How To Spread Bet?
6 Important Lessons For A Beginner

Summary: This article looks at 7 vital things to understand when you learn how to spread bet, with an emphasis on financial spread bets.

Lesson 1: Basic Principles. A spread bet is a financial commitment about the outcome of an event. That event could be the number of goals in a football match, runs scored in a cricket match, or the rising or falling value of a stock market index.

A number is quoted relative to an outcome, lets say it is a stock market index. The quote might look something like this:

Expiry date - Market - Spread - Current Price

10 March - FTSE 100 - 5800-5810 - 5782

The number in the middle (5800-5810) is the estimate (guess?) of the firm as to where the FTSE 100 will close on 10th March (most index markets can be traded on a daily basis). Looking at the current price of 5782, they think that the FTSE 100 is headed upwards slightly.

The trader (you?) has the option of:

a) doing nothing,

b) selling the quote because you believe that the market will not reach 5800

c) buying the quote because you think the market will rise above 5810

Lesson 2: Points And The Unit Stake. In taking a position - buying or selling a quote - there must be a financial interest. This comes in the form of 'points'.

Continuing our example, having bought the market above 5810, if it closes at 5830, there is a difference (a gain or profit) of 20 points in the FTSE 100. To calculate how much that means in terms of a real financial gain, it must be multiplied by the 'unit stake'.

If the market closes with a price inside the quote, lets say 5807, the trade closes with a loss to the trader of the difference between the closing price and the quote (3 points) multiplied by the unit stake.

The unit stake is the amount that has been wagered on the outcome. For example, this might be £1 per point. In our example, the FTSE 100 is up by 20 points, which means a £20 profit.

Watch These Free Videos And Learn How To Trade Financial Markets

Lesson 3: You Can Be Negative. In terms of investing, most options for the private investor or trader are one-way - upwards. Buying a stock means a share in ownership and hoping that it rises upwards in value and price.

For the person that believes a stock will fall in price, their main option is to sell any ownership that they may have in it. In financial markets, spread betting enables a trader to sell the quote and bet on, and profit if, the price falls.

Lesson 4: Understand The Risks. Trading on an index is a potentially risky undertaking. It goes without saying that there are a great many factors that could influence a market that a trader might be completely unaware of. Examples in early 2011 of a tsunami, earthquake, civil unrest in oil producing nations and UN resolutions seem to come from nowhere and impact markets.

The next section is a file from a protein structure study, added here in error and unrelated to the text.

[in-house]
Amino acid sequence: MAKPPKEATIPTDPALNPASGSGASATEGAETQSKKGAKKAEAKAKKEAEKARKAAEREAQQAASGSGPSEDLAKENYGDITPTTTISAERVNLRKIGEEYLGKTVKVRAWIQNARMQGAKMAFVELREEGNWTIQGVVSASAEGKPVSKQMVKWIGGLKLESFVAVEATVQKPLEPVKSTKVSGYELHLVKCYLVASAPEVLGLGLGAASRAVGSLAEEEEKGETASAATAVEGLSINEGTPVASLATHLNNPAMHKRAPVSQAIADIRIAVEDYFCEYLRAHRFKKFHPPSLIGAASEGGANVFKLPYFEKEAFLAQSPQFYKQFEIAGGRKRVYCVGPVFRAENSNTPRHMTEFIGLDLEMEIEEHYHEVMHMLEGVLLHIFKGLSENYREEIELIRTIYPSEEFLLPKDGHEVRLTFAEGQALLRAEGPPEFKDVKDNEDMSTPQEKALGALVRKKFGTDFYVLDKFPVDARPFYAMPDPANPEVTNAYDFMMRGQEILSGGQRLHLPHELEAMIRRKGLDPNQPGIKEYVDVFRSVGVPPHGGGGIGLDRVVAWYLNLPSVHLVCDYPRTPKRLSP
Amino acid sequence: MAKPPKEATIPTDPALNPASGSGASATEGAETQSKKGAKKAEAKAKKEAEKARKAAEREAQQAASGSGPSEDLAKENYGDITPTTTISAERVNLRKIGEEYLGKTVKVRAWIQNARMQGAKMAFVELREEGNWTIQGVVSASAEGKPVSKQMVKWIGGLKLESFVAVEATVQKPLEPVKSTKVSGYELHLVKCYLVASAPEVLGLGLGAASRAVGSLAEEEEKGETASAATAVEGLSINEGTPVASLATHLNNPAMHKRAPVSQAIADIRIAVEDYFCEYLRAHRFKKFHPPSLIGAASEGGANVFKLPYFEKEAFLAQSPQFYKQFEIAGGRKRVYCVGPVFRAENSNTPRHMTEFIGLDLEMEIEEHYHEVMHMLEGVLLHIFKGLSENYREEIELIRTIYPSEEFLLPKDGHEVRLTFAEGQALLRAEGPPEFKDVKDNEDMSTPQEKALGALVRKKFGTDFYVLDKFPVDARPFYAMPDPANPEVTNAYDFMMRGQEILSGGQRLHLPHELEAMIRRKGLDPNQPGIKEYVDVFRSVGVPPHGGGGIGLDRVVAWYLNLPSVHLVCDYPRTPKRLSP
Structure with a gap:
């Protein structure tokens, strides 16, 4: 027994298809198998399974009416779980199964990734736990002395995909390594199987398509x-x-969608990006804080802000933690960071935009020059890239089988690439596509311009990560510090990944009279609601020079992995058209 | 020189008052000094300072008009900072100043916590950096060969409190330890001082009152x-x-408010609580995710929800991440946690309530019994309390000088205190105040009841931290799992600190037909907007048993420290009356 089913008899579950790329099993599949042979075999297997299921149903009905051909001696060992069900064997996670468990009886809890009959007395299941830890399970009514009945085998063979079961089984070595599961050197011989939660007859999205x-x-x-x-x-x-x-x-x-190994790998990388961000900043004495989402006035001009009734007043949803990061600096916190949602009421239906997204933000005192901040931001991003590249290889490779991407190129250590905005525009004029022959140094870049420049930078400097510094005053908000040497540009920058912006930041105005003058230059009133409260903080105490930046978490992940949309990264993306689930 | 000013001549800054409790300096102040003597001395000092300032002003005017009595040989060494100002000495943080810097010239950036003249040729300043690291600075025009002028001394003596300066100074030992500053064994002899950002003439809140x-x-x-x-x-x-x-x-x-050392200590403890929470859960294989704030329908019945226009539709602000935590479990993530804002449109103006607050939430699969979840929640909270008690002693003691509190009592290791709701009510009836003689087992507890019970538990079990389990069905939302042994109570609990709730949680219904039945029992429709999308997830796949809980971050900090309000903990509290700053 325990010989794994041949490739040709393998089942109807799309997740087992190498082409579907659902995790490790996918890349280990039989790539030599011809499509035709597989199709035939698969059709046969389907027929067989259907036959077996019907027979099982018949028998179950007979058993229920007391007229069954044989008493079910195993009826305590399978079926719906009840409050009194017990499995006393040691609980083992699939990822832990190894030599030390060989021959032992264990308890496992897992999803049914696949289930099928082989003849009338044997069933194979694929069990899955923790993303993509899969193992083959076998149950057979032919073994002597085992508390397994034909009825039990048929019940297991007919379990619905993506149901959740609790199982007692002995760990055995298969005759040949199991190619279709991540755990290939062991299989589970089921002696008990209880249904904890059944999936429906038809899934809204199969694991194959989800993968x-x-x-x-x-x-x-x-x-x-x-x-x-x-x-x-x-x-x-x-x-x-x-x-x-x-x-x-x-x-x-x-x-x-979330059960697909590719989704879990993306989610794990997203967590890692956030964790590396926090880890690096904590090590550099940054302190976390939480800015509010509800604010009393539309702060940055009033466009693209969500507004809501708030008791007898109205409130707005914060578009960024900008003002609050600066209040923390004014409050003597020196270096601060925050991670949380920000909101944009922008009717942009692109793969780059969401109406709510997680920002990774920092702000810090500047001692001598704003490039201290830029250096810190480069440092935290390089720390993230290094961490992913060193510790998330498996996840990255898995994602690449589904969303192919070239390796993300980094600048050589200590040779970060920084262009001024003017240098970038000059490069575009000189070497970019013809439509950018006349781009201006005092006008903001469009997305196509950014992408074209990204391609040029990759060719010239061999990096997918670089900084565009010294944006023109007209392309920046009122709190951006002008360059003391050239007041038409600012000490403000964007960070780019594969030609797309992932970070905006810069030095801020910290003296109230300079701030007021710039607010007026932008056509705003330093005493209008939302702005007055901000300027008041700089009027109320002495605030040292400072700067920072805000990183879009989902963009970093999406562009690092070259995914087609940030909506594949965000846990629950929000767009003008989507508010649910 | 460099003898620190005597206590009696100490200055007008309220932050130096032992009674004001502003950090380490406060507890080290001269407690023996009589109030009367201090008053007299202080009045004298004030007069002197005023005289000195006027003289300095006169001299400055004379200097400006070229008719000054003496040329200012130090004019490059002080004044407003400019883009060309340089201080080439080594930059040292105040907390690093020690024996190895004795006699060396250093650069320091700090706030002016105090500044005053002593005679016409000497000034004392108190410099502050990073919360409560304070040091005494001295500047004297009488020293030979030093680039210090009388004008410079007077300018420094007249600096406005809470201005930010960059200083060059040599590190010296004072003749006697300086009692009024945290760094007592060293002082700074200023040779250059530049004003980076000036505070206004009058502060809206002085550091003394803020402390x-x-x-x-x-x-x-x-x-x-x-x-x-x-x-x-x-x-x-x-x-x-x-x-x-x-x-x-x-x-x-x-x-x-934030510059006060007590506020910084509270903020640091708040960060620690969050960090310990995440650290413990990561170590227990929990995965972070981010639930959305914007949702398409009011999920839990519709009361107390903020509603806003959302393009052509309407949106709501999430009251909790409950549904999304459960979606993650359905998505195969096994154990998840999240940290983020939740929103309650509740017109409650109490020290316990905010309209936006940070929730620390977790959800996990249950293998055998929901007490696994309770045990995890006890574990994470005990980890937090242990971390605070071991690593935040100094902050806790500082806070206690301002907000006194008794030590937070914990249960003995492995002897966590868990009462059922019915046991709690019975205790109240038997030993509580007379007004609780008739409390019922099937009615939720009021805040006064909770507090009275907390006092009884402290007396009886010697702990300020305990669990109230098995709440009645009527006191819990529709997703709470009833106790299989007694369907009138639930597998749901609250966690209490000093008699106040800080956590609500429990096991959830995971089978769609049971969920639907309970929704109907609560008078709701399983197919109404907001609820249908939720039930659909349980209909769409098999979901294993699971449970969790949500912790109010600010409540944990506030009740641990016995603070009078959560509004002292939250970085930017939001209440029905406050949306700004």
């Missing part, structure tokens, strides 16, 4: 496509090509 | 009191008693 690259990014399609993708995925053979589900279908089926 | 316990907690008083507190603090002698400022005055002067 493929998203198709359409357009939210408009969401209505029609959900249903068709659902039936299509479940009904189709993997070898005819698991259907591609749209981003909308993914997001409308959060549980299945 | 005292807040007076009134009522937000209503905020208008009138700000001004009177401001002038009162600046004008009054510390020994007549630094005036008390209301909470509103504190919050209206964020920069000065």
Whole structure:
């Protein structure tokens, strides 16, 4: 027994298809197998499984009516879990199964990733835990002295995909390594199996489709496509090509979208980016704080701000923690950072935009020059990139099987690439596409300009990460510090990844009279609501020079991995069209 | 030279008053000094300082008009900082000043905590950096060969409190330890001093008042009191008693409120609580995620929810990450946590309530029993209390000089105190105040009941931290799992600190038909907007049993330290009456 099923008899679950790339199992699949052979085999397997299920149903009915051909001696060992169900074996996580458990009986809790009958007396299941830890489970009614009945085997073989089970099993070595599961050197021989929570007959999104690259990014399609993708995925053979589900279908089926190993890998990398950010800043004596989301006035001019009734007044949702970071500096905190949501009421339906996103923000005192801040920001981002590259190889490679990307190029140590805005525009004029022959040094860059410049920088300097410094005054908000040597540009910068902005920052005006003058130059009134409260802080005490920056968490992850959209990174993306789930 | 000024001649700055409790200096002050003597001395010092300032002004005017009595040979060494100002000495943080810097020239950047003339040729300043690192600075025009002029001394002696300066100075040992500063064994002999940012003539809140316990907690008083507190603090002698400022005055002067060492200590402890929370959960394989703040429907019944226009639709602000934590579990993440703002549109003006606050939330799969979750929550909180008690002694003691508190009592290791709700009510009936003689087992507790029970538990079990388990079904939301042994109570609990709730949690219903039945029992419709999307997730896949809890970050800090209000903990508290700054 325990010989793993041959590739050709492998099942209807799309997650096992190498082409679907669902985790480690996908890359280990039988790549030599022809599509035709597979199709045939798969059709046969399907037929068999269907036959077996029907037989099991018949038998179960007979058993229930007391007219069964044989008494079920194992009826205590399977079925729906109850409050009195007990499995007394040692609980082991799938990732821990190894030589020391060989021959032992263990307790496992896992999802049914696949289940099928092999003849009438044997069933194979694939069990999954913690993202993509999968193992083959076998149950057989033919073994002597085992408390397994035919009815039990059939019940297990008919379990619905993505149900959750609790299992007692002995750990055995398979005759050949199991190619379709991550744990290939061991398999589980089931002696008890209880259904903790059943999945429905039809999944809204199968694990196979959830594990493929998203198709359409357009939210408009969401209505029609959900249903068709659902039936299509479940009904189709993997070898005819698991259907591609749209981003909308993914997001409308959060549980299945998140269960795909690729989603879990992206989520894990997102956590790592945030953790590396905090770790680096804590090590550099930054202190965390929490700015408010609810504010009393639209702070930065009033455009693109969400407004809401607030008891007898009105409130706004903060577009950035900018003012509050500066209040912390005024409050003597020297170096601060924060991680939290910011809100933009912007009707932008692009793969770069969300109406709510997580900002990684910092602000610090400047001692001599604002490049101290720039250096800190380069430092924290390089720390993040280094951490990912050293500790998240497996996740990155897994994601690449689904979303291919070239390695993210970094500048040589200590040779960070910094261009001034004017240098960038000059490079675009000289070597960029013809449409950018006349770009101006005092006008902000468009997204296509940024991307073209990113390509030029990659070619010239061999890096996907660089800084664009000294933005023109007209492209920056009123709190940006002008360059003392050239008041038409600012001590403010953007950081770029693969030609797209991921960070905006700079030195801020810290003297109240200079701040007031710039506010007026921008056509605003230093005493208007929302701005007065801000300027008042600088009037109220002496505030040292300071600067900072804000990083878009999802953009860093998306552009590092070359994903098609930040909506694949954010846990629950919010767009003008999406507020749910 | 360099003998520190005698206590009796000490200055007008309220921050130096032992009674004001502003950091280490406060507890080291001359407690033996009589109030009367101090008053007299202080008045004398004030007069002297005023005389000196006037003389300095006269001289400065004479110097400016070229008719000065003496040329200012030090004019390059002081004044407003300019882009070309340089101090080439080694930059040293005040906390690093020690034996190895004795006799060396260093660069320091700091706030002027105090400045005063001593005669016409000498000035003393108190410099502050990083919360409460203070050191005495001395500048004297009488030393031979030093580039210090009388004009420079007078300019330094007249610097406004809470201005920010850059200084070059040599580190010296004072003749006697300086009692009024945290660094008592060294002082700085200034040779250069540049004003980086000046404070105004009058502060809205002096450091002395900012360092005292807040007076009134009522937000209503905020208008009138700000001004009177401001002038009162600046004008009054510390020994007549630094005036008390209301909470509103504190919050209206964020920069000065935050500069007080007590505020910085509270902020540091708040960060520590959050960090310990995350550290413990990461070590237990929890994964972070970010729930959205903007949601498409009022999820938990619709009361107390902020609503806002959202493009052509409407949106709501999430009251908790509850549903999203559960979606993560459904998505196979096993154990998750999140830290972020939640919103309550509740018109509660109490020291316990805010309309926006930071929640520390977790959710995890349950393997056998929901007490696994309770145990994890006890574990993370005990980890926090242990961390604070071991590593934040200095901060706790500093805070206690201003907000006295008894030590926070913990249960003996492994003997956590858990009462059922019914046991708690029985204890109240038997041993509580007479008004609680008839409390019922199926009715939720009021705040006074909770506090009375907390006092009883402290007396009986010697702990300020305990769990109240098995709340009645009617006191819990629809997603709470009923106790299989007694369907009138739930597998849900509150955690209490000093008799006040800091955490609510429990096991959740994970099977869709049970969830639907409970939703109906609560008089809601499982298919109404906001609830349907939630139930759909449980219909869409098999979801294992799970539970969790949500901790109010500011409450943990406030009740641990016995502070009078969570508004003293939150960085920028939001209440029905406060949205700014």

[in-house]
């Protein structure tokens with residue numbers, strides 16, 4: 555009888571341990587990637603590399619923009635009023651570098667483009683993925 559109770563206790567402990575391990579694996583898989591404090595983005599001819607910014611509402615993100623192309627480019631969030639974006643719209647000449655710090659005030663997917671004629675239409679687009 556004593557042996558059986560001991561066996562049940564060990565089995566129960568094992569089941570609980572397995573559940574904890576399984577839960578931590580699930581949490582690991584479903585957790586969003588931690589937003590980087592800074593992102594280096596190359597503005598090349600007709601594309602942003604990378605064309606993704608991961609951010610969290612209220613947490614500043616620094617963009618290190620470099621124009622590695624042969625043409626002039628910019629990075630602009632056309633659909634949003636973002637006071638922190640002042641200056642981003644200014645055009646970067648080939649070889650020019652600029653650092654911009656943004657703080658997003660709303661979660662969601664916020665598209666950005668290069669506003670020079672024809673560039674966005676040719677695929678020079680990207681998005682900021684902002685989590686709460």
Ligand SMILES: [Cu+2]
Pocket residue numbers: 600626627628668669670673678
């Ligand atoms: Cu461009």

Should a market take a sudden turn in the wrong direction to the tune of 100-150 points, the financial impact on a trader could be horrific. For example, 125 points at £100 per point would be a loss of £12,500 - and it could take just a few minutes to happen.

For these reasons financial spread betting companies are quite careful about their clients and are keen to understand their financial position. They are required to know about a trader's finances by law in case a trade goes horribly wrong. This is less about knowing that a player knows how to spread bet, and much more that they can afford to.

Lesson 5: Learn About Financial Markets. With the potential to win or lose that much money so quickly, it would seem reasonable that a firm grasp of stock markets, economics and technical analysis might be in order!

When spread betting on sports, there is almost certainly some implied knowledge from the lay person. Even your author, as finance-geeky as I may be, knows enough about soccer to see occassional obvious results. Or, perhaps I know enough about soccer to know that I don't know enough to gamble on it... That is not always the case when people play the financial markets!

The point is that learning how to spread bet is relatively easy, most people could pick up the basics in under an hour. However, learning how and why stock markets move as they do and the impact of the latest news will take much longer. Be sure to get whatever education you need.

Whilst this guide is written for beginners to spread betting, we do not recommend that beginners to financial markets use spread betting.

Watch These Free Videos And Learn How To Trade Financial Markets

Lesson 6: Timing. Spread bets can be made 'in running', which means that they are made live in a moving market. The best way of understanding this is to think of a horse race. In a bookmakers, all bets stop once the race starts. However, 'in running' means that bets can still be made once they have started.

When spread betting on financial markets, it is possible to take positions both before and after the opening hours. Most markets can be traded from 7.30am until around 9pm GMT. This coincides with the closing of the New York stock exchange and NASDAQ.

(Please forgive us for the generalisations above. It isn't easy to explain this in writing and not make it so complex that it is impossible for the reader to follow.)

To read more about related topics, please follow these links:

Spread Betting Financial Markets For Beginners

Who Are The Main Spread Betting Companies?

3 Great Spread Betting Tips

How Easy Is Spread Betting Shares?

Spread Betting Forex Markets

FTSE Spread Betting Information For Beginners

What Spread Betting Software Should You Use?

How To Make Successful Financial Spread Bets